It’s that time of year when we look forward to a new season and snow on the ground.
We have a little time to get our bodies ready for downhill skiing, cross-country skiing, snowshoeing and fat biking. Some serious winter recreators get in better physical condition this time of year than any other. It pays dividends. First, you can jump on your activity and enjoy it more fully.
Perhaps more importantly, you can avoid injuries that can be prevented by strength and conditioning — fewer pulled muscles, hyperextensions or tweaks. Being in shape will also help you make turns, avoid falls or have the strength to avoid things that bring disaster.
Injuries mean you won’t be getting your money’s worth from that expensive season pass because you’ll be sitting at home mending sprained or pulled joints or muscles.
With that in mind, here are a few simple exercises that will give you a head start on winter activities. Basically, it just takes consistency — two to three times a week — to see results. It’s important to not overdo the workouts — that leads to constant fatigue and poor results. Remember that your body grows stronger during rest after working out, not during a workout, so schedule rest days.
The first focus is your heart, lungs and legs. This is simple. If you have access to a treadmill, stair stepper, Nordic exerciser or stationary bike, you’re in business. Or you can just do it the old fashioned way and go running or biking outside. The main idea with this exercise is twofold: Elevate your heart rate and get the miles in for your legs. If you haven’t been exercising in some time, it’s probably a good idea to visit a physician for a physical.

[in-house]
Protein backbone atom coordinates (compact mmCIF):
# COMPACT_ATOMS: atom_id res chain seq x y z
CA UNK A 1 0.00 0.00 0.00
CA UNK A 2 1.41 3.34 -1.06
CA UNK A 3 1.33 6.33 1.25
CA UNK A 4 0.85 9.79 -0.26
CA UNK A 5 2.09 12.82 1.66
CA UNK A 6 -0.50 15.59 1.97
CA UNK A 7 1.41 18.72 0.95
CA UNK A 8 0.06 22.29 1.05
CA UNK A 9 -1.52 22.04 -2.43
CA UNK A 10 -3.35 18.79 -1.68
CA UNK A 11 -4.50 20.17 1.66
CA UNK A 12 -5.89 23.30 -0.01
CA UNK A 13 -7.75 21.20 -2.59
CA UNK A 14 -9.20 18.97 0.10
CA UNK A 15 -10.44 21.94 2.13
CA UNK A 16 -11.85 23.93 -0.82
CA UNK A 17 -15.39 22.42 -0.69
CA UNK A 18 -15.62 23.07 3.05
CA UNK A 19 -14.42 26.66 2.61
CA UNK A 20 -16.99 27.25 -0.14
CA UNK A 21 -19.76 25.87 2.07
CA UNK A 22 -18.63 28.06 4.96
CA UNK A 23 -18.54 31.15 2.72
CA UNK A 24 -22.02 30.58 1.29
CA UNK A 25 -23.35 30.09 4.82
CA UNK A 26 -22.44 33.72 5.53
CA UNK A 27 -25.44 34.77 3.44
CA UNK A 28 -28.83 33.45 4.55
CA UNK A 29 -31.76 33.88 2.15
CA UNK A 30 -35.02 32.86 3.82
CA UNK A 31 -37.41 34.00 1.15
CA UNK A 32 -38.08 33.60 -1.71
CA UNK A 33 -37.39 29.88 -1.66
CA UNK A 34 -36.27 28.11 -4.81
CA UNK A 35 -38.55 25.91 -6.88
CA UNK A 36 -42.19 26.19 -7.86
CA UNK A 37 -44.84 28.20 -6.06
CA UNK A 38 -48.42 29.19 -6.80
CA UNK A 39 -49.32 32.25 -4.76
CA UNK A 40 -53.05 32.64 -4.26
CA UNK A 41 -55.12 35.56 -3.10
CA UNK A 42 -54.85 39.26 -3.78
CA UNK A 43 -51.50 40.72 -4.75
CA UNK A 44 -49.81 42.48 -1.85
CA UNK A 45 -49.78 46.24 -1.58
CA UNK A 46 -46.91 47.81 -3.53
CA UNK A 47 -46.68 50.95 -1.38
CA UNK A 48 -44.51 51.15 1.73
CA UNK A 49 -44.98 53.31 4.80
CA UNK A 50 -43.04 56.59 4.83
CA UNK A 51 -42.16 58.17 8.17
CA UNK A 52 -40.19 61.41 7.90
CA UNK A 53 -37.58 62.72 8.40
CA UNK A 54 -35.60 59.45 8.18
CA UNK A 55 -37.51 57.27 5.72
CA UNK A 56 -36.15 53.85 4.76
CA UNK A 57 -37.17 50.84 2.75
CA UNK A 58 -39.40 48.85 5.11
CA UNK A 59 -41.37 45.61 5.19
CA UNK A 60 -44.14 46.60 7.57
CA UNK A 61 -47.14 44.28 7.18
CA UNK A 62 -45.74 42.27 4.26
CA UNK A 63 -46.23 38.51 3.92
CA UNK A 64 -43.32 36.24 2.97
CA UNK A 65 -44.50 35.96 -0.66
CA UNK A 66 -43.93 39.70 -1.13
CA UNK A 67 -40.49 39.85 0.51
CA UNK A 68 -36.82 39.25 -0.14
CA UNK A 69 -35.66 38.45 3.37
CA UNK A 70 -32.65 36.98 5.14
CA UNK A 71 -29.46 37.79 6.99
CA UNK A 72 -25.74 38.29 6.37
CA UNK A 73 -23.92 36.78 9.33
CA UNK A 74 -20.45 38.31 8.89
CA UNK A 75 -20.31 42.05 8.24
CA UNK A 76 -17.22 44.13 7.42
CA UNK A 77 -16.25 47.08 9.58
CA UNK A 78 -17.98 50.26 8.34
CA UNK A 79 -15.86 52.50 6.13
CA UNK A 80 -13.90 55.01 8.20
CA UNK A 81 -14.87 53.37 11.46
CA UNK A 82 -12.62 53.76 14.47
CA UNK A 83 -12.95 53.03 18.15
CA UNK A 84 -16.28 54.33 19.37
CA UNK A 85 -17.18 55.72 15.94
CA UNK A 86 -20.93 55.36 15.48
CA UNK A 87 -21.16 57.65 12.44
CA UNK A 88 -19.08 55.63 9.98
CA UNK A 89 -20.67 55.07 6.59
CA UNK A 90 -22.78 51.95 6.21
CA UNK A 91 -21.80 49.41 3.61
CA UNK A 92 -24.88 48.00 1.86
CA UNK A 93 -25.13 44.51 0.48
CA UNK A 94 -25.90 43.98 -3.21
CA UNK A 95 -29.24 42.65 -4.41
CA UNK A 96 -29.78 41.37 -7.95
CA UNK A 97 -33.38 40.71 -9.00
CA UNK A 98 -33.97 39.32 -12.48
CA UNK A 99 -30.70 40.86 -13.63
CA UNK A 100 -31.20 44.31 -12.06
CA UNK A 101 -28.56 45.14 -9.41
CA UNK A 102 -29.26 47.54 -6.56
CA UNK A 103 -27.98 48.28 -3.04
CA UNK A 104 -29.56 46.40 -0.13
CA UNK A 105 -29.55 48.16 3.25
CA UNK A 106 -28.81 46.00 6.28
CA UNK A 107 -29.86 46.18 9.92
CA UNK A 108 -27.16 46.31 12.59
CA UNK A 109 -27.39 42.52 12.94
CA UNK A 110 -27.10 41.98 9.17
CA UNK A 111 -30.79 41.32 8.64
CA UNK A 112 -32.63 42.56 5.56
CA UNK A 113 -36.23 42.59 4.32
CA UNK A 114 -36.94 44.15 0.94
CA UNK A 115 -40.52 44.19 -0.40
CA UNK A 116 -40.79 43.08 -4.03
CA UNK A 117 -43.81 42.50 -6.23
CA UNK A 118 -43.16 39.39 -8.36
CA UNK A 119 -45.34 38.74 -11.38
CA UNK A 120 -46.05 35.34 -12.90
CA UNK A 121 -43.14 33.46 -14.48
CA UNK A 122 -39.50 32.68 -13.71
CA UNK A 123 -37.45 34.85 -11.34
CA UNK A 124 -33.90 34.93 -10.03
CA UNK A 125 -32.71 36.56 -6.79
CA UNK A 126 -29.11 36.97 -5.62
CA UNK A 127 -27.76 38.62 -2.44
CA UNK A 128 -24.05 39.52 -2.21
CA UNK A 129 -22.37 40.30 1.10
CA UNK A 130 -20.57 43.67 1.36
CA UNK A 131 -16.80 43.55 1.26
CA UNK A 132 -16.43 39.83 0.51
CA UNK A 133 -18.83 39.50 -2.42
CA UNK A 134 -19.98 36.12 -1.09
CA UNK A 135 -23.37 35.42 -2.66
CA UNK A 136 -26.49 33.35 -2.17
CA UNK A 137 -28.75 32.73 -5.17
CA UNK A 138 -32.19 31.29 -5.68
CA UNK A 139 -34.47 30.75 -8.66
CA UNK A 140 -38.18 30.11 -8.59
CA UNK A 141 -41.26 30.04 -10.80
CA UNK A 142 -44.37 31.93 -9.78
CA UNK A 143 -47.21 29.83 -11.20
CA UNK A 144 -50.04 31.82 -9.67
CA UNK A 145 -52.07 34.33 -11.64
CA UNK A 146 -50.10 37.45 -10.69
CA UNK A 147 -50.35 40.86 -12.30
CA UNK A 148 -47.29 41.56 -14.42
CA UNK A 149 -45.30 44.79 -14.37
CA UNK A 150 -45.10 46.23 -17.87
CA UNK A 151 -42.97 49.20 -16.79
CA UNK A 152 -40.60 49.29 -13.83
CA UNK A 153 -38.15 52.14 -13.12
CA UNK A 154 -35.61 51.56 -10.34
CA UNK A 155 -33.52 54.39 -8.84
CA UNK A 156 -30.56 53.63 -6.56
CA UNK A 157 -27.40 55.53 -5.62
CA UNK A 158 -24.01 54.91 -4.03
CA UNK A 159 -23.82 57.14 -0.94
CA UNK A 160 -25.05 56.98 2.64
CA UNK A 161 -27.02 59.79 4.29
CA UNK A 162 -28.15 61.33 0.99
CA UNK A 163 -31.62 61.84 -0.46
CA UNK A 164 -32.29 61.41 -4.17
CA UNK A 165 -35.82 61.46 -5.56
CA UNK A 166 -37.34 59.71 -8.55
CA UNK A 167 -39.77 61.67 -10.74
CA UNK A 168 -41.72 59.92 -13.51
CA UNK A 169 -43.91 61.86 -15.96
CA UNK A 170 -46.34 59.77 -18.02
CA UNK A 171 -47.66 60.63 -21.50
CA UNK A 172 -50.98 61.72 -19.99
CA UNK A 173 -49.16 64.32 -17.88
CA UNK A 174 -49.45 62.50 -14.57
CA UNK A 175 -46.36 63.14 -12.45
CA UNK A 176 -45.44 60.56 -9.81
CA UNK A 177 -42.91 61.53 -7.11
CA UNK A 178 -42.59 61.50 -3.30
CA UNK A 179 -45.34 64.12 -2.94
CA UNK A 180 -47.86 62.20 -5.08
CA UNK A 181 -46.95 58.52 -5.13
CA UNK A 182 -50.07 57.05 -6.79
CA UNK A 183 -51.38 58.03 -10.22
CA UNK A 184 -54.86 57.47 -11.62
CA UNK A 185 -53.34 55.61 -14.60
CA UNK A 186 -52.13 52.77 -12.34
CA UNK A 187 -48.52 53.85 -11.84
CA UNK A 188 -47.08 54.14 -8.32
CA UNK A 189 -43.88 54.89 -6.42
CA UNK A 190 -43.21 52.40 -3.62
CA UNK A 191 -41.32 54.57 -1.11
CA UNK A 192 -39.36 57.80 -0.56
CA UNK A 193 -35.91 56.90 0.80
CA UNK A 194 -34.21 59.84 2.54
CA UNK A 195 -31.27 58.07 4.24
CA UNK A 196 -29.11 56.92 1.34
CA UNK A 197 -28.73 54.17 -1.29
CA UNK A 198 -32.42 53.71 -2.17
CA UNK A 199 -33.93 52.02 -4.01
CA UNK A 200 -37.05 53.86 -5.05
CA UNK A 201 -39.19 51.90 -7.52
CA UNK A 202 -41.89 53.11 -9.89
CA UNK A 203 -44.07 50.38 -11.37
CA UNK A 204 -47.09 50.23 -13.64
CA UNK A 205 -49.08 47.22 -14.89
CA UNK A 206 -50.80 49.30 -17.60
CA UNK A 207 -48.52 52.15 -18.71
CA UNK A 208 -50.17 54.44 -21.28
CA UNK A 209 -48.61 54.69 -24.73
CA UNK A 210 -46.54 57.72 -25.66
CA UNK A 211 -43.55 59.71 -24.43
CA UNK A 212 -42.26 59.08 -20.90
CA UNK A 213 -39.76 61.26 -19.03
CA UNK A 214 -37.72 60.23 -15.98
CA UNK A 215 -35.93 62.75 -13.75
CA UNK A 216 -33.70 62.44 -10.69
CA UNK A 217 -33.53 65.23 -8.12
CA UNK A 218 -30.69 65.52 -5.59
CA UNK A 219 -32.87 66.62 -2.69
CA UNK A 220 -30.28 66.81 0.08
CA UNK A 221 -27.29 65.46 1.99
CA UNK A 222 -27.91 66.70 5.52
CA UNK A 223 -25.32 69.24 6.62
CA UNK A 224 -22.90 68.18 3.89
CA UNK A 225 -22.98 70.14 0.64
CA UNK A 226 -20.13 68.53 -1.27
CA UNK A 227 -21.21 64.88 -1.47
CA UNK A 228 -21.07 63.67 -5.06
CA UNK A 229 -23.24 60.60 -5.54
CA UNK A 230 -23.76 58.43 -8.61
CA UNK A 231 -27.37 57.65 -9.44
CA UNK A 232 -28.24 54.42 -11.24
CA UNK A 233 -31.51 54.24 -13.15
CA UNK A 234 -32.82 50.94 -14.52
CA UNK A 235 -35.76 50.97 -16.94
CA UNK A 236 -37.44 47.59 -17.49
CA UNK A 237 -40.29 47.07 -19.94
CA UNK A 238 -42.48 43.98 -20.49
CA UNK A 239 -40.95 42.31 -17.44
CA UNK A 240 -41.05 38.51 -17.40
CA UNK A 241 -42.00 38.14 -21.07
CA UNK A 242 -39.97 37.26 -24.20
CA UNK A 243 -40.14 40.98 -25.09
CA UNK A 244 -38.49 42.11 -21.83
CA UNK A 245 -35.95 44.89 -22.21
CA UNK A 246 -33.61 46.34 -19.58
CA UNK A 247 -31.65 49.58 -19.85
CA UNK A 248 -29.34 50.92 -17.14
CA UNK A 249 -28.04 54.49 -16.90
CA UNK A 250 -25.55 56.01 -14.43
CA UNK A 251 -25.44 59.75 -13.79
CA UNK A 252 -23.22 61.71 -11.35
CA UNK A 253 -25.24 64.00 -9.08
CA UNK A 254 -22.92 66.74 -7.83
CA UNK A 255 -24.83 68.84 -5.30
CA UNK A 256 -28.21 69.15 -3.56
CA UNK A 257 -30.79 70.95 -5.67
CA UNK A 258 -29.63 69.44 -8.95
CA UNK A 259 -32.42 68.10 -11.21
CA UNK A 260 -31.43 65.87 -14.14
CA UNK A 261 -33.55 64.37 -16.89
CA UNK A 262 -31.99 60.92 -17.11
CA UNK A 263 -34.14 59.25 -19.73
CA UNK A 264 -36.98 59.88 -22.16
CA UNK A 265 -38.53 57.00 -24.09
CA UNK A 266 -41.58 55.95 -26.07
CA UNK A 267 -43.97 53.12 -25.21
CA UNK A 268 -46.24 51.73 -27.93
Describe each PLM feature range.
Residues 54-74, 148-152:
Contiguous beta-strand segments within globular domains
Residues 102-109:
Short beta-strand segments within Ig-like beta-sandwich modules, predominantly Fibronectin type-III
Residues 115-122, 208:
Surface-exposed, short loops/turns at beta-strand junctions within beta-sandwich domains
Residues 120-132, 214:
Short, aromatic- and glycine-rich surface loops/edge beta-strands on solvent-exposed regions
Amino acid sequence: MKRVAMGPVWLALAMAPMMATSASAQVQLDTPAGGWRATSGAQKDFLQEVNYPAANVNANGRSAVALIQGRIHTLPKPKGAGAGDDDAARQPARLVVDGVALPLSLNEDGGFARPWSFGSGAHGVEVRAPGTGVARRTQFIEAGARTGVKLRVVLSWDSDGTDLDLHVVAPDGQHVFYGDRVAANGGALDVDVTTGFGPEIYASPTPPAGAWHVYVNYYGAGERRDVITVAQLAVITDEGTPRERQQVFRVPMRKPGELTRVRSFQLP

If you’re a member of a health club, you can also consult with a physical trainer for some good ideas on workouts to get you in shape for your preferred recreation.
I suggest starting out at two or three days a week the first week. Then three to four days afterward. If you want to see quick results, push your effort to just below being out of breath and hold it there for 20 minutes or longer. You may not be able to do that at first, but with consistent workouts, eventually you’ll be there.
The next area to focus on is your core strength and shoulder strength. There are some simple weight machines that help with this. While boring, they do make a difference. I think it helps to make a circuit out of three or four machines (do the circuit two or three times).
Also, the tried and true sit-ups, push-ups and pull-ups also work. If you want a fun workout for this part of your body, just go to the rock climbing gym. You’ll have fun and work out at the same time.
While I’m on my soap box, it’s also important to eat real food. What I mean by that is cook your own meals and if possible stay away from processed things (especially soda pop and fast food). Basically, do most of your grocery shopping in the produce department and for basic commodities — careful going into those middle rows of the grocery store. I know in our American world this can be challenging, but the results are transformative.
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Put this event on your calendar: The Avalanche Awareness Night at 7 p.m. Dec. 3 at Taylorview Middle School Auditorium in Idaho Falls.
Each year we seem to lose a few snowmobilers, skiers and snowboarders to avalanches. With the proper tools, playing in snow country can be made a little safer. This course will introduce you to those tools.
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Here’s an insider tip: The Banff Mountain Film Festival tickets will go on sale this year on Dec. 18. The presenters — the Idaho Falls Nordic Ski Patrol — are waiting a week later this year to offer tickets so that buyers will know what movies are playing each night before they purchase tickets. This is helpful because now the films are played three nights instead of just two and offers different films each night. Stay tuned for more information on this fun event.